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28 February 2017
Sleep Deprivation and Employment: Evidence from the "Children of the 90s"
Sleep deprivation has a strong negative effect on labour market performance, according to research by Joan Costa-Font and Sarah Fleche of the Centre for Economic Performance at the London School of Economics. Analysing data on a representative sample of children born in and around Bristol in the early 1990s, they find that a one-hour reduction in parents’ sleep duration significantly decreases labour force participation, the number of hours worked and household income. In addition, they find that low-skilled mothers are more likely to opt out of the labour market and work fewer hours than high-skilled mothers when exposed to sleep deprivation. The researchers conclude that sleep is a major determinant of employment outcomes that needs more attention in economic analysis of time allocation and employment policies. They will present their study at the annual conference of the Royal Economic Society in April.
27 February 2017
Wellbeing Effects of Anonymous Donation of Eggs and Sperm: expert analysis of the impact on donors, donor conceived children and wider society
Donating gametes (eggs and sperm) via clinics as an anonymous donor is not considered to be one of the highest return-to-effort things individuals can do to increase overall wellbeing. That is the consensus finding of a survey of leading researchers on wellbeing from around the world on the wellbeing implications of gametes donation.
On a key question of policy related to anonymous gamete donation, the panel of experts are divided on whether the right of a child to know who their donor was when they turn 18 outweighs the possibility that such a right will lead to a shortage of donors and reduce the number of donor-conceived children.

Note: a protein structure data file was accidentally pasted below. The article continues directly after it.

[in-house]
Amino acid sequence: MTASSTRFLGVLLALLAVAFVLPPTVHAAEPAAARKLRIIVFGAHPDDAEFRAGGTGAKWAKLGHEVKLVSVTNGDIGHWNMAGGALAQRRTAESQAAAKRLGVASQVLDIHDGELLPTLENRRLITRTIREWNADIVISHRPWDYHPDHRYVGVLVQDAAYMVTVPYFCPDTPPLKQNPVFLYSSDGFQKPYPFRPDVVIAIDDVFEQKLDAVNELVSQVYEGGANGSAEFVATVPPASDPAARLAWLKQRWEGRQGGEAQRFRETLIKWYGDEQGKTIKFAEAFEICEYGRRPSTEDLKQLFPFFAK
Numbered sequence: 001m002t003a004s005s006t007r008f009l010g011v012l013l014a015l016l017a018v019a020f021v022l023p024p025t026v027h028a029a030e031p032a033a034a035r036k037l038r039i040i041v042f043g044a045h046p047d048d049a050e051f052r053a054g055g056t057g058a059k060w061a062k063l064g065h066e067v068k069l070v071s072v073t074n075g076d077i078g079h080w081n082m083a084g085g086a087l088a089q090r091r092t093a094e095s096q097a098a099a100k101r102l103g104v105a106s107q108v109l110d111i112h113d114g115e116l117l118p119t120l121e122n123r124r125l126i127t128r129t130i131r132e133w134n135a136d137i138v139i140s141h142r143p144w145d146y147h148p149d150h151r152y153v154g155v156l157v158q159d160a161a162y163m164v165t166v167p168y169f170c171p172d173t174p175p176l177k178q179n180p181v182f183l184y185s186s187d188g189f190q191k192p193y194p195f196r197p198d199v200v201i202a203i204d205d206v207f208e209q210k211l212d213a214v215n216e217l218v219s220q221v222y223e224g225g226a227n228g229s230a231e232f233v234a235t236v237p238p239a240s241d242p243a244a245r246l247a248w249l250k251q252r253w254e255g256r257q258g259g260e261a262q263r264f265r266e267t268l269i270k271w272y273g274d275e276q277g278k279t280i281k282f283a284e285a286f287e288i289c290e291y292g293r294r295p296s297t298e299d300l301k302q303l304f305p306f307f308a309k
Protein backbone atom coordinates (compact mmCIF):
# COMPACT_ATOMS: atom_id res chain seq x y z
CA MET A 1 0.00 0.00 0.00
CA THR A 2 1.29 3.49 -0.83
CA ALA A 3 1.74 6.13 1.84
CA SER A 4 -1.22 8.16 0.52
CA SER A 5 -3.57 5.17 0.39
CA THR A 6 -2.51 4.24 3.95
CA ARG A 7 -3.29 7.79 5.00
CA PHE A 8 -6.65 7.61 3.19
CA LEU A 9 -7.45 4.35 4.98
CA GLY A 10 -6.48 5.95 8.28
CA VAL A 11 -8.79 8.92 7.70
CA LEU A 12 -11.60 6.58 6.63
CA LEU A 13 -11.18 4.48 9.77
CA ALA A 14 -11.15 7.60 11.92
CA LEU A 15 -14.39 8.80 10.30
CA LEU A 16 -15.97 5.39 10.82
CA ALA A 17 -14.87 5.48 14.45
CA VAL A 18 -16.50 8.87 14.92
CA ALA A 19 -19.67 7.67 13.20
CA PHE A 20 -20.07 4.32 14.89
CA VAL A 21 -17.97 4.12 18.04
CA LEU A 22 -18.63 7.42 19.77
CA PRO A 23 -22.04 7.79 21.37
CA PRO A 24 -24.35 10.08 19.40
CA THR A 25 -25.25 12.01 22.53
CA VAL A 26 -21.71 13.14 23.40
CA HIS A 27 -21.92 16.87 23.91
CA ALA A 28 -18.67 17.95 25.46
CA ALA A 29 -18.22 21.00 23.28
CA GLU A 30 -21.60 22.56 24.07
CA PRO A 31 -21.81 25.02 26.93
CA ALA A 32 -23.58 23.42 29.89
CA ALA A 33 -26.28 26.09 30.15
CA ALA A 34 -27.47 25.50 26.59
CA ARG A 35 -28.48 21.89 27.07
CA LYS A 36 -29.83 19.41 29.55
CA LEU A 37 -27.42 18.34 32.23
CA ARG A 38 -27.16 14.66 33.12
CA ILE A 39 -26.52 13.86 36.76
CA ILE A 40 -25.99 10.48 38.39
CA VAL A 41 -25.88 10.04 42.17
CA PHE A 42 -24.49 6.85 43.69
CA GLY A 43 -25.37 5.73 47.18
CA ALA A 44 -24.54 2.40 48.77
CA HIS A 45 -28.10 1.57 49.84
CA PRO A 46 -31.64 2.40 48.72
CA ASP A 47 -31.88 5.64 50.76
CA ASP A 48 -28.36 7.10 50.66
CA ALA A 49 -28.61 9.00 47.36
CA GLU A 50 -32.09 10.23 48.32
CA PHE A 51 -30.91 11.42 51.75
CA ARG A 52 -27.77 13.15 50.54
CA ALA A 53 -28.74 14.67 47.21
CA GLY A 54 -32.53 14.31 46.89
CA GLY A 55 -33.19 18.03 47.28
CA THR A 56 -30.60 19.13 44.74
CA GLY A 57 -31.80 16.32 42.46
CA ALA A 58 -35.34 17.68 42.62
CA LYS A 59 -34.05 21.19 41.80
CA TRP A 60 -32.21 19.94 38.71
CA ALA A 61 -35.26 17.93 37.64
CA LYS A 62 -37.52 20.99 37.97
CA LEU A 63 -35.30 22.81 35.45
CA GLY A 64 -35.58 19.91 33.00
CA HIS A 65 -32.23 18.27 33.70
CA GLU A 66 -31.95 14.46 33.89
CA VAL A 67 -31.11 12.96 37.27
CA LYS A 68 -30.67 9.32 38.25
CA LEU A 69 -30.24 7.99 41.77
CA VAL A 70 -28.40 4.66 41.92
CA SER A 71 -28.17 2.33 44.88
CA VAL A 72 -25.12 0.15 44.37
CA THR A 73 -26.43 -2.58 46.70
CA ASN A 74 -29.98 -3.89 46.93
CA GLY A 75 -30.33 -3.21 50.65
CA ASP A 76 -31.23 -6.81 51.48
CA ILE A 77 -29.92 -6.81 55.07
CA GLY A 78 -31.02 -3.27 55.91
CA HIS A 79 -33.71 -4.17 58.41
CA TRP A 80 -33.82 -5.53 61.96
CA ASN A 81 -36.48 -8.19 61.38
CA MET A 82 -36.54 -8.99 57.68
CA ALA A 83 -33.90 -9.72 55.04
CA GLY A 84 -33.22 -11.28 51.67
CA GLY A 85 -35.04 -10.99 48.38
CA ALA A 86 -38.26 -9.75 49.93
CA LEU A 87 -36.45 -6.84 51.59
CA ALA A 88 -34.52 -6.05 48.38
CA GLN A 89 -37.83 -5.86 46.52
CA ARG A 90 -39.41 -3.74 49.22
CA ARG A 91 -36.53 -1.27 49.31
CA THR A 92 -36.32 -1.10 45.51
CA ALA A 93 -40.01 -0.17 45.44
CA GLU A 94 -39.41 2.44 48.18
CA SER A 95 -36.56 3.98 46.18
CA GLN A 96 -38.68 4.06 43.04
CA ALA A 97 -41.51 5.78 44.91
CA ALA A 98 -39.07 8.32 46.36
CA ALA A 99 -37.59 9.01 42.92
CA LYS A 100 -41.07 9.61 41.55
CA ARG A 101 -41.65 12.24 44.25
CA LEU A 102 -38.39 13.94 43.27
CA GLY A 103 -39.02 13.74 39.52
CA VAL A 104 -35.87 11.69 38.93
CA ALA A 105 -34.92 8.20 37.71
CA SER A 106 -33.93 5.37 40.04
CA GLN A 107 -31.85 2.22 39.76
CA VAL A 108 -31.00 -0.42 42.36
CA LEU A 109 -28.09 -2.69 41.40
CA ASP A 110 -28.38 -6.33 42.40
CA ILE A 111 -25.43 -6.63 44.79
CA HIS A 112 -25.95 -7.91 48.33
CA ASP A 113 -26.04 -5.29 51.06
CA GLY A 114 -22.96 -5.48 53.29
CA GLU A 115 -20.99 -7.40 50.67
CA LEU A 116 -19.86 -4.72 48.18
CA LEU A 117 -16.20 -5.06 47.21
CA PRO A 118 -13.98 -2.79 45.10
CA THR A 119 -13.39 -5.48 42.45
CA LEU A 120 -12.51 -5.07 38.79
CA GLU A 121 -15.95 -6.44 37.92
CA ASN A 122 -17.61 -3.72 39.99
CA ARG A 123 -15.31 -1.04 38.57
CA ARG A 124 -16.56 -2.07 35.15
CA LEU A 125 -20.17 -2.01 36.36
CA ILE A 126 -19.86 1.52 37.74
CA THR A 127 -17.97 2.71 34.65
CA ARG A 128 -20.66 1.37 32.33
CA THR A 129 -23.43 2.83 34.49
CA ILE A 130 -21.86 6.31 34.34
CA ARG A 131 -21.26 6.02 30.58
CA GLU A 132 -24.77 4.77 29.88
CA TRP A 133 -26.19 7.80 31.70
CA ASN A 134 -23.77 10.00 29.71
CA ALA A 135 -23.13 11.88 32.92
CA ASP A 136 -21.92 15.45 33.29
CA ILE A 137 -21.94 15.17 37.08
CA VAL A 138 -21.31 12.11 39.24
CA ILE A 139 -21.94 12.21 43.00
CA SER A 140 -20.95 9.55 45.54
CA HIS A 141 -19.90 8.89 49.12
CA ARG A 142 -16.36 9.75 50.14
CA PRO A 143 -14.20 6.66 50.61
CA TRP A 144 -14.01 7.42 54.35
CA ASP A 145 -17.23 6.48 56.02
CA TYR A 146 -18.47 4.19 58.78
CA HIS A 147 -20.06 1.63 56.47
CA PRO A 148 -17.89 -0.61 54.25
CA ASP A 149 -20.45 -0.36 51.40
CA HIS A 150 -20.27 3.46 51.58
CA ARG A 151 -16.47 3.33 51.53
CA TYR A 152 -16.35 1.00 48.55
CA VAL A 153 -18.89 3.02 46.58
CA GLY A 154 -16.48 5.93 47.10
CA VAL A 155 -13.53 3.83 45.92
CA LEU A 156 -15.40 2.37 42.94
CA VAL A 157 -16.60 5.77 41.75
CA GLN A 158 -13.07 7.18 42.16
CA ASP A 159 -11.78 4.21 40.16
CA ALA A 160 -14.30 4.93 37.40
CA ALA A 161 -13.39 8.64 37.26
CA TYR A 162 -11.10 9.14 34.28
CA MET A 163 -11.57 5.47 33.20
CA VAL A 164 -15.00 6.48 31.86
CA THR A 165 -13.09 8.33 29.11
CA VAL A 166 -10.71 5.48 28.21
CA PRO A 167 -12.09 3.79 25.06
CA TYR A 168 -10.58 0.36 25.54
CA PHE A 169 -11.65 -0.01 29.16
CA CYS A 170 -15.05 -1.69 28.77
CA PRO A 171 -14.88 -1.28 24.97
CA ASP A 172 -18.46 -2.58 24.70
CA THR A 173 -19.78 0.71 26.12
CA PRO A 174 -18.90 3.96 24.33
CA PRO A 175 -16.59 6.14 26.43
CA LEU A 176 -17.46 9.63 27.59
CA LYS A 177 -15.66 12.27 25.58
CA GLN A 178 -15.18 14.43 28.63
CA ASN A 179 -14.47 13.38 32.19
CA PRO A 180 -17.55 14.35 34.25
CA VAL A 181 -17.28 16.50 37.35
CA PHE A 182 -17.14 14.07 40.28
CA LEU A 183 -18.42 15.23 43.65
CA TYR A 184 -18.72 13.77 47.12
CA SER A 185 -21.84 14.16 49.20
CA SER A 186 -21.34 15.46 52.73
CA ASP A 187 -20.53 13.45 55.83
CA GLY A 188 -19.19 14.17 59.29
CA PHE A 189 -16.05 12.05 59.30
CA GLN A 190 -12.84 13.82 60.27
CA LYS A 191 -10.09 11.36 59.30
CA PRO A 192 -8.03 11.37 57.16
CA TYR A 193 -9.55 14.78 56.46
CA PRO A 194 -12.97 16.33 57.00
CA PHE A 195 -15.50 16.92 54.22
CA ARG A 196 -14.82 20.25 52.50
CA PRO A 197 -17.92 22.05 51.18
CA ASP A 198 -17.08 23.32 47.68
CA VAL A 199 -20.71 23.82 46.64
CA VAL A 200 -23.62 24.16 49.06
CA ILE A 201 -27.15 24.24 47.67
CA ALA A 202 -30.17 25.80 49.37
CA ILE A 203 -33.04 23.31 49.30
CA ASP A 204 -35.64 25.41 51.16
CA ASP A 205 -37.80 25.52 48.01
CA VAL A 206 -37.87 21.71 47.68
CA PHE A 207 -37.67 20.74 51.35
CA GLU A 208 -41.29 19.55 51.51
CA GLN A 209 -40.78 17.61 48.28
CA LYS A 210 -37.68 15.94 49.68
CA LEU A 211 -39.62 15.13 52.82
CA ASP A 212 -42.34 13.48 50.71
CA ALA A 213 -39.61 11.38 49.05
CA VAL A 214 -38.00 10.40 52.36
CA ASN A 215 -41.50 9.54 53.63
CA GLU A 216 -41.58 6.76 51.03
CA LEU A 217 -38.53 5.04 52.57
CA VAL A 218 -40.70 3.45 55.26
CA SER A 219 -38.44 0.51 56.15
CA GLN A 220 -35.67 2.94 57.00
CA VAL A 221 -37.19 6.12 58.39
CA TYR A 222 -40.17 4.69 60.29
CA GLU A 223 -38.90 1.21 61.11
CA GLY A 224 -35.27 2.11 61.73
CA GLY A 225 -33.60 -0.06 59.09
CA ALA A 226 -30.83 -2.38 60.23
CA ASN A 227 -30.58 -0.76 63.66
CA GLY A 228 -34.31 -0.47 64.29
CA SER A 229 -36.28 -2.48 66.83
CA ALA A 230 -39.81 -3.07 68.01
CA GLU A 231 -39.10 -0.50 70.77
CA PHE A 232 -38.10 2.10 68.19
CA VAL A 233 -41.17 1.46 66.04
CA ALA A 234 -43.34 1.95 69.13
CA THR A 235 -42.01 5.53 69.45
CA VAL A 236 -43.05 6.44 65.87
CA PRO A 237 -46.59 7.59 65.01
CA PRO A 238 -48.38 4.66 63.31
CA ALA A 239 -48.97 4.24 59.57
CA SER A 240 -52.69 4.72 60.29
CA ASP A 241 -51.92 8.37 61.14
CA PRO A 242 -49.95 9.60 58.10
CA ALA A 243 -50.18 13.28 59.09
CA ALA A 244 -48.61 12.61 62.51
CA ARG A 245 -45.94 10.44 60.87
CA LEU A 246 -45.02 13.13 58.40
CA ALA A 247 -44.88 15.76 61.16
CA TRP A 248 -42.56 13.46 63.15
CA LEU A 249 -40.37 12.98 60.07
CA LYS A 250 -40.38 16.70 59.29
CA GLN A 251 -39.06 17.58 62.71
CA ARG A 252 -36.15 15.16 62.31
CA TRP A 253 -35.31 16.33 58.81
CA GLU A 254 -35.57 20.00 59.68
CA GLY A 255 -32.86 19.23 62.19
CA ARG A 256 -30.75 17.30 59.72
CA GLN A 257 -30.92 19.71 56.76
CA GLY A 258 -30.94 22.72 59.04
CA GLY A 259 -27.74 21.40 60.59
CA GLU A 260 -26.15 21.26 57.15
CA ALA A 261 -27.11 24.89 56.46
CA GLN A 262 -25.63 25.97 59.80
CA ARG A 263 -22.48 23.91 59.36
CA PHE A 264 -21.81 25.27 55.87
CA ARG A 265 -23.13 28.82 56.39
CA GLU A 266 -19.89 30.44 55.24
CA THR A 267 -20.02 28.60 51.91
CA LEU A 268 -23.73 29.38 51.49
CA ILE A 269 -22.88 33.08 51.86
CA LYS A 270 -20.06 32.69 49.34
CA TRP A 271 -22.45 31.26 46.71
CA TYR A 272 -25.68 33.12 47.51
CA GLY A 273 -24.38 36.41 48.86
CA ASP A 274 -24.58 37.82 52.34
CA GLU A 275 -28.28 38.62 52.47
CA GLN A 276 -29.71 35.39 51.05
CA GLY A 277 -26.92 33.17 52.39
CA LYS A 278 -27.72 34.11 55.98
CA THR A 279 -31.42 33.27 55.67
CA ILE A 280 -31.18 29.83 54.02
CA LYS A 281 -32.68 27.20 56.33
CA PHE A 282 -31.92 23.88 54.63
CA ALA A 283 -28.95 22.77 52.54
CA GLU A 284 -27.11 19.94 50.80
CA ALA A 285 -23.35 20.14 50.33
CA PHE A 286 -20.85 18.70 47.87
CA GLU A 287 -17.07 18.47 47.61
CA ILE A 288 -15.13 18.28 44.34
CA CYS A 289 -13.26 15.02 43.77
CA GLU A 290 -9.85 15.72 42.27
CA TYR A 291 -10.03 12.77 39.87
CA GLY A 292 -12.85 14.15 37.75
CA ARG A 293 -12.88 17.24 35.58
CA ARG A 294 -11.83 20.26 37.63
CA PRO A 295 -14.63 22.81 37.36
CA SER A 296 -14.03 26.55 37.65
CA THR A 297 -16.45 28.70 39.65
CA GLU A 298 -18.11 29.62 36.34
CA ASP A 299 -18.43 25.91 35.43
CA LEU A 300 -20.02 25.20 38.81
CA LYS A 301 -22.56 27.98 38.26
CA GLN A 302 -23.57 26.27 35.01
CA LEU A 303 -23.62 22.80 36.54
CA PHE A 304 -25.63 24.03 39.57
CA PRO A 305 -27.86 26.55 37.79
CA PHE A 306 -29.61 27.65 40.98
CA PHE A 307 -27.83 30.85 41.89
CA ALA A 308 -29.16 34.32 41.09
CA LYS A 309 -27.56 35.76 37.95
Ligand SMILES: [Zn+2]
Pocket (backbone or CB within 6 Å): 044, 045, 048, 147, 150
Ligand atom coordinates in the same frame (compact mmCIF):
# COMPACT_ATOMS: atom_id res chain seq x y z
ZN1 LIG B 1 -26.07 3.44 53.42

13 February 2017
NURSERY QUALITY: New evidence of the impact on children's outcomes
A report published today reveals that a child’s educational achievement at the end of their reception year is only very slightly higher if he or she has been taught in nursery by a qualified teacher or early years professional. Attending a nursery rated as ‘outstanding’ by Ofsted, the regulator of educational quality in England, also has limited benefits. The research concludes that while there are important differences between the outcomes of children who attend different nurseries, we do not yet understand enough about what generates them.
30 January 2017
FEWER LEVELS OF MIDDLE MANAGEMENT WOULD IMPROVE WORKERS WELLBEING: New survey of happiness researchers
Workers’ satisfaction with their job is, on average, higher in a flatter organisation than in a hierarchical organisation. That is the consensus finding of a survey of leading researchers on wellbeing from around the world on the impact of different organisational structures on workers’ wellbeing.
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